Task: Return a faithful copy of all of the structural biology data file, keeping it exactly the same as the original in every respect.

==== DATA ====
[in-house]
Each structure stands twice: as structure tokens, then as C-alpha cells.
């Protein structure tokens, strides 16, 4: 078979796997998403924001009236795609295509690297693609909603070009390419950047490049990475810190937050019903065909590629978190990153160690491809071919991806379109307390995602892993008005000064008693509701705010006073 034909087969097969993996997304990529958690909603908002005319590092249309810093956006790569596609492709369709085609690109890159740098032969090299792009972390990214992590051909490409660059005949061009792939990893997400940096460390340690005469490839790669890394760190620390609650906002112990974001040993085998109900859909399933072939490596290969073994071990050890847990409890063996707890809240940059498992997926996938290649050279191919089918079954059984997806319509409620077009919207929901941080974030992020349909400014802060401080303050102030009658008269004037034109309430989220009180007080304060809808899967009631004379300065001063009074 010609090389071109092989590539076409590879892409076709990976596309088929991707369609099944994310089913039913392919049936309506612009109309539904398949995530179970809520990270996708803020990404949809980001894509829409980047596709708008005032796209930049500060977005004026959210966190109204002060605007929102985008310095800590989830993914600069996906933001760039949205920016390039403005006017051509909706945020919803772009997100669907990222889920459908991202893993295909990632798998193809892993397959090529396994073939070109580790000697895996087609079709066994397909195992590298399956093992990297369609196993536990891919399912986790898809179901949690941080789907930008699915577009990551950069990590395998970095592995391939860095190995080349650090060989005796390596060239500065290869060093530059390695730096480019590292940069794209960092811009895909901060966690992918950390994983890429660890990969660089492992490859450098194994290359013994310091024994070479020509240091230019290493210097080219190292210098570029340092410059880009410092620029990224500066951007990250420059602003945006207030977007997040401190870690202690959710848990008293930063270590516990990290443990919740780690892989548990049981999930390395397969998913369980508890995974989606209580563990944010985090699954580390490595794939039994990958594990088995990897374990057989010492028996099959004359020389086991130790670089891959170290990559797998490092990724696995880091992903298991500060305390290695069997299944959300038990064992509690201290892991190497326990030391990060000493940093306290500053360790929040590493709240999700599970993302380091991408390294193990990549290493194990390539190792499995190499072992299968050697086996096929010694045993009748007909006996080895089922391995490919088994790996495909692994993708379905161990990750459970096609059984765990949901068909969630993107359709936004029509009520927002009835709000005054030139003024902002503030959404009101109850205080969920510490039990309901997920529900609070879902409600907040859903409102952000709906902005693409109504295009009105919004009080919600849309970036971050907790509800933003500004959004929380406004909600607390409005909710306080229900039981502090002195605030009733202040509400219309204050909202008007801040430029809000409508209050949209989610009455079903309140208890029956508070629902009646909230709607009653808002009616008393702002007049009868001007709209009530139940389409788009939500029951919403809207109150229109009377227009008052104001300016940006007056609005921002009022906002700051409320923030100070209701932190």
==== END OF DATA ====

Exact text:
[in-house]
Each structure stands twice: as structure tokens, then as C-alpha cells.
């Protein structure tokens, strides 16, 4: 078979796997998403924001009236795609295509690297693609909603070009390419950047490049990475810190937050019903065909590629978190990153160690491809071919991806379109307390995602892993008005000064008693509701705010006073 034909087969097969993996997304990529958690909603908002005319590092249309810093956006790569596609492709369709085609690109890159740098032969090299792009972390990214992590051909490409660059005949061009792939990893997400940096460390340690005469490839790669890394760190620390609650906002112990974001040993085998109900859909399933072939490596290969073994071990050890847990409890063996707890809240940059498992997926996938290649050279191919089918079954059984997806319509409620077009919207929901941080974030992020349909400014802060401080303050102030009658008269004037034109309430989220009180007080304060809808899967009631004379300065001063009074 010609090389071109092989590539076409590879892409076709990976596309088929991707369609099944994310089913039913392919049936309506612009109309539904398949995530179970809520990270996708803020990404949809980001894509829409980047596709708008005032796209930049500060977005004026959210966190109204002060605007929102985008310095800590989830993914600069996906933001760039949205920016390039403005006017051509909706945020919803772009997100669907990222889920459908991202893993295909990632798998193809892993397959090529396994073939070109580790000697895996087609079709066994397909195992590298399956093992990297369609196993536990891919399912986790898809179901949690941080789907930008699915577009990551950069990590395998970095592995391939860095190995080349650090060989005796390596060239500065290869060093530059390695730096480019590292940069794209960092811009895909901060966690992918950390994983890429660890990969660089492992490859450098194994290359013994310091024994070479020509240091230019290493210097080219190292210098570029340092410059880009410092620029990224500066951007990250420059602003945006207030977007997040401190870690202690959710848990008293930063270590516990990290443990919740780690892989548990049981999930390395397969998913369980508890995974989606209580563990944010985090699954580390490595794939039994990958594990088995990897374990057989010492028996099959004359020389086991130790670089891959170290990559797998490092990724696995880091992903298991500060305390290695069997299944959300038990064992509690201290892991190497326990030391990060000493940093306290500053360790929040590493709240999700599970993302380091991408390294193990990549290493194990390539190792499995190499072992299968050697086996096929010694045993009748007909006996080895089922391995490919088994790996495909692994993708379905161990990750459970096609059984765990949901068909969630993107359709936004029509009520927002009835709000005054030139003024902002503030959404009101109850205080969920510490039990309901997920529900609070879902409600907040859903409102952000709906902005693409109504295009009105919004009080919600849309970036971050907790509800933003500004959004929380406004909600607390409005909710306080229900039981502090002195605030009733202040509400219309204050909202008007801040430029809000409508209050949209989610009455079903309140208890029956508070629902009646909230709607009653808002009616008393702002007049009868001007709209009530139940389409788009939500029951919403809207109150229109009377227009008052104001300016940006007056609005921002009022906002700051409320923030100070209701932190």